Britain has broken its record for using energy generated from sources other than coal during the hot Easter weekend.
National Grid said the UK recorded its longest ever continuous coal-free period over the bank holiday weekend, lasting more than 90 hours.
It marks the longest stretch of time in which the UK’s electricity has been produced by other means since before the industrial revolution, which began in the 1700s.
Duncan Burt, director of operations at National Grid, said the long weekend marked “another significant step towards a zero-carbon power grid” in the UK.
Wales, Scotland and Northern Ireland each enjoyed their warmest Easter Sunday on record, according to the Met Office said.
Mr Burt said the previous record was broken thanks to a “sweet spot” in conditions, where the warm weather stopped people from using their central heating, overall energy usage went down due to more people being outside, but temperatures were not so warm that people needed to stay indoors and use air conditioning.
He said ideal conditions for the National Grid see warm sunshine in the south and wind in the North and in Scotland, creating conditions that mean a high production of both solar and wind power.
Over the bank holiday, gas still made up a sizeable chunk of electricity usage, and Britain was still required to import power from Europe. Nuclear energy made up about 25 per cent.
A report published by the Department for Business, Energy and Industrial Strategy’s (BEIS) earlier this year showed the UK used more coal-free power in the first three months of 2019 than in the entirety of 2017.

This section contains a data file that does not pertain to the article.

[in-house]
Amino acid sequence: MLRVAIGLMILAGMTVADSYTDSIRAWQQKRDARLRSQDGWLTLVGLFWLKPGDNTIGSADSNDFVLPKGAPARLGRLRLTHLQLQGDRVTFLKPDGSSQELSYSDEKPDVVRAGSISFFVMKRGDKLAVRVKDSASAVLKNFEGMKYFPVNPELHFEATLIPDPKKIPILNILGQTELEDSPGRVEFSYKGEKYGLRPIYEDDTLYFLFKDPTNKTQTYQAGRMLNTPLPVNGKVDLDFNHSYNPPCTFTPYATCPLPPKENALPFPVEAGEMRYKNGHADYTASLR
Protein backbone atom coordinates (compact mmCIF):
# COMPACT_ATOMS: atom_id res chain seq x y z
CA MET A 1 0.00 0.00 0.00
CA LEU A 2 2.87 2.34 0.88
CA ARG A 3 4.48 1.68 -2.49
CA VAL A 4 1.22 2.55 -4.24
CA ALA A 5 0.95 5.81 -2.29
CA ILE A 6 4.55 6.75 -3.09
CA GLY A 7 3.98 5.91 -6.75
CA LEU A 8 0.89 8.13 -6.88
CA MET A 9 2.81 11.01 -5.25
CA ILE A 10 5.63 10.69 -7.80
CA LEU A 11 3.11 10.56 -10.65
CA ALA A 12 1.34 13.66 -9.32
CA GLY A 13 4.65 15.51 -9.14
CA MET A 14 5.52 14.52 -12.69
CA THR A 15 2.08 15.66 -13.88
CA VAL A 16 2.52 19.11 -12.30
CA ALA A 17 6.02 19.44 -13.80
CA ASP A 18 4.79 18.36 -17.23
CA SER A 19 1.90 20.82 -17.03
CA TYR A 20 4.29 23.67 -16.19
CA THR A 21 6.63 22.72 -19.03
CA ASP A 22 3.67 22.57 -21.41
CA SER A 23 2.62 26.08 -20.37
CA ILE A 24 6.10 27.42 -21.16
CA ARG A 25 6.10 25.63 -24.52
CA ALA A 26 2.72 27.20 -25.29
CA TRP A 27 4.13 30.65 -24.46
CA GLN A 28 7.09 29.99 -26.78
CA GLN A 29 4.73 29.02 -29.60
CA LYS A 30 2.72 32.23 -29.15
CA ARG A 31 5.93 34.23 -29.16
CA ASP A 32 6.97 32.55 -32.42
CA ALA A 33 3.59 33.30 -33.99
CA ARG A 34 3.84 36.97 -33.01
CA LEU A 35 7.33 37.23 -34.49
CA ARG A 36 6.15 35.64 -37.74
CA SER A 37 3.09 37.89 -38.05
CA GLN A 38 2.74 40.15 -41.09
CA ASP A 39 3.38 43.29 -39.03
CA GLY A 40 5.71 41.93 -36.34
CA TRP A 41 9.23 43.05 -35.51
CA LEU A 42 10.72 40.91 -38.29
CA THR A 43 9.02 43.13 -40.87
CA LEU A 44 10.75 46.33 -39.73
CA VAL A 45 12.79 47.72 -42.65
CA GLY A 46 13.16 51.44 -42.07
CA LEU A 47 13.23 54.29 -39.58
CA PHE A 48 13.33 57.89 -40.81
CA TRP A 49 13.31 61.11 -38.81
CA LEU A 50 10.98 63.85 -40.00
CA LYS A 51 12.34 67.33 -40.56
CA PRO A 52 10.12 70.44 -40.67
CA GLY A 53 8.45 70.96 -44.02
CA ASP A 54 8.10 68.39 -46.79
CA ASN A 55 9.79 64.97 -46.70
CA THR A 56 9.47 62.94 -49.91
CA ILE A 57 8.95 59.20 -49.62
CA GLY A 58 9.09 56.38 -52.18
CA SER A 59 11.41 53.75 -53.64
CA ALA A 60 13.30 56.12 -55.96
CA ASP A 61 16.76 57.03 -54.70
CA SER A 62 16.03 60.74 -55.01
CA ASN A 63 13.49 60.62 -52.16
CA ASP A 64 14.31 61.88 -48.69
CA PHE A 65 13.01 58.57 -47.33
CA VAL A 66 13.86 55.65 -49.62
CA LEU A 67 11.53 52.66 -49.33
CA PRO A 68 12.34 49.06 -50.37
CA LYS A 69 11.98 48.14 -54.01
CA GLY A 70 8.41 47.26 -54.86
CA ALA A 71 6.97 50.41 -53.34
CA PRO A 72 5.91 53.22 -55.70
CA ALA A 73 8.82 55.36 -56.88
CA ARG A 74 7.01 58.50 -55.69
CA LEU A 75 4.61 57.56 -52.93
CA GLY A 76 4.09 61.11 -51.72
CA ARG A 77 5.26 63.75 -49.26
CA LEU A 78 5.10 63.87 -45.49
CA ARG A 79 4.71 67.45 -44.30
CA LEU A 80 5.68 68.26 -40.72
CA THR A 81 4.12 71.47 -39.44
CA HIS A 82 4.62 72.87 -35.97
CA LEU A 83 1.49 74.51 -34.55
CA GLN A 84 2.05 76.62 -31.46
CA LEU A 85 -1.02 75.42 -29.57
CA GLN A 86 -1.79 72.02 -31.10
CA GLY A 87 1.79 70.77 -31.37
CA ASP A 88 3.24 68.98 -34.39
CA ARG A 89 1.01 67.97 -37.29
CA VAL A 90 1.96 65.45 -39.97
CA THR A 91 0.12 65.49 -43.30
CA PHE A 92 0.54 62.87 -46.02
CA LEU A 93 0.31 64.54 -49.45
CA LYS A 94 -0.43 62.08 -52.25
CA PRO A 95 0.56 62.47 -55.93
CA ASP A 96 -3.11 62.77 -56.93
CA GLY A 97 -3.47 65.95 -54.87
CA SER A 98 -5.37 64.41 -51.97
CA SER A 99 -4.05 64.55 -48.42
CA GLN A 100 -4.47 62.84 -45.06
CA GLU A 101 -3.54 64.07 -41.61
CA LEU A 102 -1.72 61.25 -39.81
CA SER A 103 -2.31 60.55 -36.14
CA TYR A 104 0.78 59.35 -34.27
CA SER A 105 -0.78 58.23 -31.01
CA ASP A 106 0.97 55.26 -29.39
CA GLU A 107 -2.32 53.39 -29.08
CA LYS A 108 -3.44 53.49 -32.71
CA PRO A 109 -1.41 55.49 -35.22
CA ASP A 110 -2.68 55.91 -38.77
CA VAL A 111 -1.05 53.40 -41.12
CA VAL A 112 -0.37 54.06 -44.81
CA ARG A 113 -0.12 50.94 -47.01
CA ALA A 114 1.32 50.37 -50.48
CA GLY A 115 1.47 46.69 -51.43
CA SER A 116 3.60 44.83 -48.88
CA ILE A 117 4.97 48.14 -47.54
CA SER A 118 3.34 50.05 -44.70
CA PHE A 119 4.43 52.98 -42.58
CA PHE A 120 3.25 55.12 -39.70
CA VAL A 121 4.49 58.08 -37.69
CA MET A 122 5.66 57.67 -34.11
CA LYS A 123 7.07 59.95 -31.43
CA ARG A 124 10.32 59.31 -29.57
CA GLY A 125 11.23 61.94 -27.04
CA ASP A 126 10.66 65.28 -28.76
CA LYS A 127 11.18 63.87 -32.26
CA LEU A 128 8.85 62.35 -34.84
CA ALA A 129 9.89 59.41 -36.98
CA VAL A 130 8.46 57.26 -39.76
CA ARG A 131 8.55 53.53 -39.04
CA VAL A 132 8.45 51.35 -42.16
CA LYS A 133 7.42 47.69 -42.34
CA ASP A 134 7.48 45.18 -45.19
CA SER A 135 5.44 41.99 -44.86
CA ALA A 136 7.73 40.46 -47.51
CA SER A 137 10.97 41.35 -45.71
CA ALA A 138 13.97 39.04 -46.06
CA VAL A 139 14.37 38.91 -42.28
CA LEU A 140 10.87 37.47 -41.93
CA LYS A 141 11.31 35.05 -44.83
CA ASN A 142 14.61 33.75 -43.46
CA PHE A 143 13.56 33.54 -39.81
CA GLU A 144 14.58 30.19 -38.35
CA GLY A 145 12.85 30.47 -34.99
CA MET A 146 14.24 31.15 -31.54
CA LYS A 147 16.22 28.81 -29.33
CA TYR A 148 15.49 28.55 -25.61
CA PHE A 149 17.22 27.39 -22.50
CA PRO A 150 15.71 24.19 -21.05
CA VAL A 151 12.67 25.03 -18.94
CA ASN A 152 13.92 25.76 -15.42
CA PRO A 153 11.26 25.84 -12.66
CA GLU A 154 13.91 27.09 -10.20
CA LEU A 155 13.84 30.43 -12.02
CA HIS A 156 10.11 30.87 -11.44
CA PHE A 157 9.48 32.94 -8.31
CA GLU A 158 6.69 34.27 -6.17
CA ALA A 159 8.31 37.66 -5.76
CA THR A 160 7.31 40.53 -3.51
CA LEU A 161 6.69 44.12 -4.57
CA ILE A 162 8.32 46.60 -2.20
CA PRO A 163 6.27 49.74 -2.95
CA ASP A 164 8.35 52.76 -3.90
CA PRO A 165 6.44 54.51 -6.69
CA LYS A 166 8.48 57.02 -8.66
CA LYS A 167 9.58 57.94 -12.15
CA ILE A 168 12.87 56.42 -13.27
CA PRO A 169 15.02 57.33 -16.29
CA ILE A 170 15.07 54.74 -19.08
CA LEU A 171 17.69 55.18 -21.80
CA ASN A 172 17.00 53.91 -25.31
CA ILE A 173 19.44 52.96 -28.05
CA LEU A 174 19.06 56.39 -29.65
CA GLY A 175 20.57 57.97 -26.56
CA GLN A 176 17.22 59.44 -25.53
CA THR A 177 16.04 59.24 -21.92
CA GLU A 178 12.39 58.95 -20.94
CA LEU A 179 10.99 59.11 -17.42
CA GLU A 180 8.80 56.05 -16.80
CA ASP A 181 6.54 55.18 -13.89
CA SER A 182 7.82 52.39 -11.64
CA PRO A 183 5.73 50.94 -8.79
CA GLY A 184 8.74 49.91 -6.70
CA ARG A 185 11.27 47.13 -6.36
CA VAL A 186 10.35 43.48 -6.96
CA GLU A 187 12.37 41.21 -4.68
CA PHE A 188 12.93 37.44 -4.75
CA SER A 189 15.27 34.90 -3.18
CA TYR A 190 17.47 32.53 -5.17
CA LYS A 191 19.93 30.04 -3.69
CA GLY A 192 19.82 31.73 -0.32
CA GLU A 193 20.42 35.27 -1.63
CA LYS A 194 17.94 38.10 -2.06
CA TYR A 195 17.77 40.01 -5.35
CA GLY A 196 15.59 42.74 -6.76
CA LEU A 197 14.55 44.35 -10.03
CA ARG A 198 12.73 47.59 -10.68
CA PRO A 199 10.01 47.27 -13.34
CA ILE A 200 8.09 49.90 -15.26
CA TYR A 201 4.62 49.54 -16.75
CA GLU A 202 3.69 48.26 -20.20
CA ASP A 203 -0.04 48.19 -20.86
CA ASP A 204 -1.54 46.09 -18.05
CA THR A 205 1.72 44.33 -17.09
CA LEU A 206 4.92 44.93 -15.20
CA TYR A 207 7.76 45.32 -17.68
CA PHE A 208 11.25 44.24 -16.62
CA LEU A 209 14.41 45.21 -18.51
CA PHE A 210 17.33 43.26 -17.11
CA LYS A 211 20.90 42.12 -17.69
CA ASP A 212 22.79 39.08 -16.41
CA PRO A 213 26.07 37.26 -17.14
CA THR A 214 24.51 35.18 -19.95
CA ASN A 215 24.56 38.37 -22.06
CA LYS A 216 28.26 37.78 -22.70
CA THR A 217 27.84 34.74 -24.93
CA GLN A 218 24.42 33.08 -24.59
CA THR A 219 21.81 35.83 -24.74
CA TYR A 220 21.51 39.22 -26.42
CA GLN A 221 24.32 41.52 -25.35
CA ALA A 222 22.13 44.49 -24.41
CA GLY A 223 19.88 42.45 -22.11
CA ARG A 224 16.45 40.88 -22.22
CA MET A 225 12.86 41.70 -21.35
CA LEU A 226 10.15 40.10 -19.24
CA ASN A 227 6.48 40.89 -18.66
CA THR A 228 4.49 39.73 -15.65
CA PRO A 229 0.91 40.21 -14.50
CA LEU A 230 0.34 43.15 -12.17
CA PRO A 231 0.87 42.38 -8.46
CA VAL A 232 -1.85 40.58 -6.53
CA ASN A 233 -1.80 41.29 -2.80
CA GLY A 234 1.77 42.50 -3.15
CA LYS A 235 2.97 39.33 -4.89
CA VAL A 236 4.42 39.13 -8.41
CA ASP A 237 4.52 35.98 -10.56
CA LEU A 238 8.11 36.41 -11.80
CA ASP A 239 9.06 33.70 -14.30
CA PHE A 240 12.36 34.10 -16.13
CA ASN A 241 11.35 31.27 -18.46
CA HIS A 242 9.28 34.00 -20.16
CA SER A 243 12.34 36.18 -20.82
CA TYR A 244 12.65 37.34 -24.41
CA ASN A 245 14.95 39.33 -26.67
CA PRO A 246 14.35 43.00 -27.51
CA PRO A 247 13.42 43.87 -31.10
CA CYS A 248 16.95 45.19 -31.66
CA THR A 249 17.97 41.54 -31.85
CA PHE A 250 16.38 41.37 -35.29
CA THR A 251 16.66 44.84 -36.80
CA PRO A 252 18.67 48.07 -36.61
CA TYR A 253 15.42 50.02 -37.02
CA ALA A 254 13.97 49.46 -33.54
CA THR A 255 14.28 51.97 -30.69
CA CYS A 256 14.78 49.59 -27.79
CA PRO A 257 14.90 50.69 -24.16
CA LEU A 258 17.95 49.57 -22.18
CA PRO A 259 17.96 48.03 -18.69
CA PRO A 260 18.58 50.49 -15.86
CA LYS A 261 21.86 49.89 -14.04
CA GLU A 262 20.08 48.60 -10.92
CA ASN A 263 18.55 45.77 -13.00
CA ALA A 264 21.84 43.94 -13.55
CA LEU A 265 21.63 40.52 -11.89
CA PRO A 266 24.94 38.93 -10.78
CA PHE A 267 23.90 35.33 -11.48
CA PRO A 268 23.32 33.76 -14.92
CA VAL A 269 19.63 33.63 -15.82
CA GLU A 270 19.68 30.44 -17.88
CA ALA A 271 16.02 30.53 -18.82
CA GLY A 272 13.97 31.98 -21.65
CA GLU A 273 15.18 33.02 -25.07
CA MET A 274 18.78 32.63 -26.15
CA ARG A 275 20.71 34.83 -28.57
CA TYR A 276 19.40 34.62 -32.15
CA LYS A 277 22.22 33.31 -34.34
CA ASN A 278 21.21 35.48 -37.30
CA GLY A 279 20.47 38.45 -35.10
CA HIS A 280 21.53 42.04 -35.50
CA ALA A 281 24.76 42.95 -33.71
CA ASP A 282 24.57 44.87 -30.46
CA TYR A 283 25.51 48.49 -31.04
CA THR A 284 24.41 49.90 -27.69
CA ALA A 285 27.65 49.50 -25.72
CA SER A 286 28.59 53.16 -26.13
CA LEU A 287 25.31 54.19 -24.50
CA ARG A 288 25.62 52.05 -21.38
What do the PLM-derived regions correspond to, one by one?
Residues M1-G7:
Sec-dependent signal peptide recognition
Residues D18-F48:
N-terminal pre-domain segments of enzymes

Energy and Clean Growth minister Claire Perry said: “Coal is the most polluting fossil fuel, which is why we’ve committed to phasing it out entirely from our energy mix by 2025 as we help lead the world in the transition to cleaner technologies.”
But environmental campaigners have warned that while an increase in renewable energy is positive, gas and other fossil fuels are also replacing coal.
Muna Suleiman, climate campaigner at Friends of the Earth, told the BBC: “89 hours of coal-free electricity is great, but let’s make this all day every day.
“Electricity generated by renewable sources is a key part of the fight against climate chaos, so it’s time to remove all the blockers to renewable energy.
“The Government must prioritise the development of sources such as solar and onshore wind.”
The Labour Party has also questioned Government policy, and said its fracking plans will release the same amount of carbon dioxide into the atmosphere as creating 300 million brand news cars.
A reliance on gas also makes the UK vulnerable to international markets, according to Friends of the Earth, which said the energy source isn’t clean enough to cut greenhouse gas emissions in line with the country’s legal targets.
The 2008 Climate Change Act requires greenhouse gas emissions to be reduced by 80 per cent – when compared to 1990 levels – by 2050.